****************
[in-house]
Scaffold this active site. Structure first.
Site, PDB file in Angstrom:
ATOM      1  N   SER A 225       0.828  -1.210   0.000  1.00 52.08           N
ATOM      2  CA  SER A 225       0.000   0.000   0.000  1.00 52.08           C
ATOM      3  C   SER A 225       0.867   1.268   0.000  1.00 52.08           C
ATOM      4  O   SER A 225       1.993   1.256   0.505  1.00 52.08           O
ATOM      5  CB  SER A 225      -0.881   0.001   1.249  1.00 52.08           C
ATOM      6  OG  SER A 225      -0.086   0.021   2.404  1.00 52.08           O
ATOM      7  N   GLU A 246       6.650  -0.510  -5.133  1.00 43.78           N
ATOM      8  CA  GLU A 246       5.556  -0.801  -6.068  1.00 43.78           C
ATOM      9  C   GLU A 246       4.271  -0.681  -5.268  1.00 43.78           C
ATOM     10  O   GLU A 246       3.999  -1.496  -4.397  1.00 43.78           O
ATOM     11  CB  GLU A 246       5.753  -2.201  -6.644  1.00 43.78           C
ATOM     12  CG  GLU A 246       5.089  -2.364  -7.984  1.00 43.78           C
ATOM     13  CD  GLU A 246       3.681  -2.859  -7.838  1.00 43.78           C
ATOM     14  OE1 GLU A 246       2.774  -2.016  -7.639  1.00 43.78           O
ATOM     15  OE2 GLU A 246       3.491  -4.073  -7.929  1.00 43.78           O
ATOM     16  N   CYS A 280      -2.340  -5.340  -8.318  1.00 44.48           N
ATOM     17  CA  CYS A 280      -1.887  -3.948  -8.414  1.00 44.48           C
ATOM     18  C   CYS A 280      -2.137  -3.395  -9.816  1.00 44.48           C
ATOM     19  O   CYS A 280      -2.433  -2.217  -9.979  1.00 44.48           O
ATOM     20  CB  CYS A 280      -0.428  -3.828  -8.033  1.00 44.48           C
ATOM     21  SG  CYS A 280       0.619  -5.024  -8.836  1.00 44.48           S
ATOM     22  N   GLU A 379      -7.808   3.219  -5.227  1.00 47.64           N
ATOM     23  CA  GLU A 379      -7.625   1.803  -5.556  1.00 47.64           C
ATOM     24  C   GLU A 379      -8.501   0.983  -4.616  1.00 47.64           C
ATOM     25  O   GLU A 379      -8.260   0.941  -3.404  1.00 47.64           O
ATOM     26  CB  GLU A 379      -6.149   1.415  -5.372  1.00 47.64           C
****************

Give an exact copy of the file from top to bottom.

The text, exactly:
[in-house]
Scaffold this active site. Structure first.
Site, PDB file in Angstrom:
ATOM      1  N   SER A 225       0.828  -1.210   0.000  1.00 52.08           N
ATOM      2  CA  SER A 225       0.000   0.000   0.000  1.00 52.08           C
ATOM      3  C   SER A 225       0.867   1.268   0.000  1.00 52.08           C
ATOM      4  O   SER A 225       1.993   1.256   0.505  1.00 52.08           O
ATOM      5  CB  SER A 225      -0.881   0.001   1.249  1.00 52.08           C
ATOM      6  OG  SER A 225      -0.086   0.021   2.404  1.00 52.08           O
ATOM      7  N   GLU A 246       6.650  -0.510  -5.133  1.00 43.78           N
ATOM      8  CA  GLU A 246       5.556  -0.801  -6.068  1.00 43.78           C
ATOM      9  C   GLU A 246       4.271  -0.681  -5.268  1.00 43.78           C
ATOM     10  O   GLU A 246       3.999  -1.496  -4.397  1.00 43.78           O
ATOM     11  CB  GLU A 246       5.753  -2.201  -6.644  1.00 43.78           C
ATOM     12  CG  GLU A 246       5.089  -2.364  -7.984  1.00 43.78           C
ATOM     13  CD  GLU A 246       3.681  -2.859  -7.838  1.00 43.78           C
ATOM     14  OE1 GLU A 246       2.774  -2.016  -7.639  1.00 43.78           O
ATOM     15  OE2 GLU A 246       3.491  -4.073  -7.929  1.00 43.78           O
ATOM     16  N   CYS A 280      -2.340  -5.340  -8.318  1.00 44.48           N
ATOM     17  CA  CYS A 280      -1.887  -3.948  -8.414  1.00 44.48           C
ATOM     18  C   CYS A 280      -2.137  -3.395  -9.816  1.00 44.48           C
ATOM     19  O   CYS A 280      -2.433  -2.217  -9.979  1.00 44.48           O
ATOM     20  CB  CYS A 280      -0.428  -3.828  -8.033  1.00 44.48           C
ATOM     21  SG  CYS A 280       0.619  -5.024  -8.836  1.00 44.48           S
ATOM     22  N   GLU A 379      -7.808   3.219  -5.227  1.00 47.64           N
ATOM     23  CA  GLU A 379      -7.625   1.803  -5.556  1.00 47.64           C
ATOM     24  C   GLU A 379      -8.501   0.983  -4.616  1.00 47.64           C
ATOM     25  O   GLU A 379      -8.260   0.941  -3.404  1.00 47.64           O
ATOM     26  CB  GLU A 379      -6.149   1.415  -5.372  1.00 47.64           C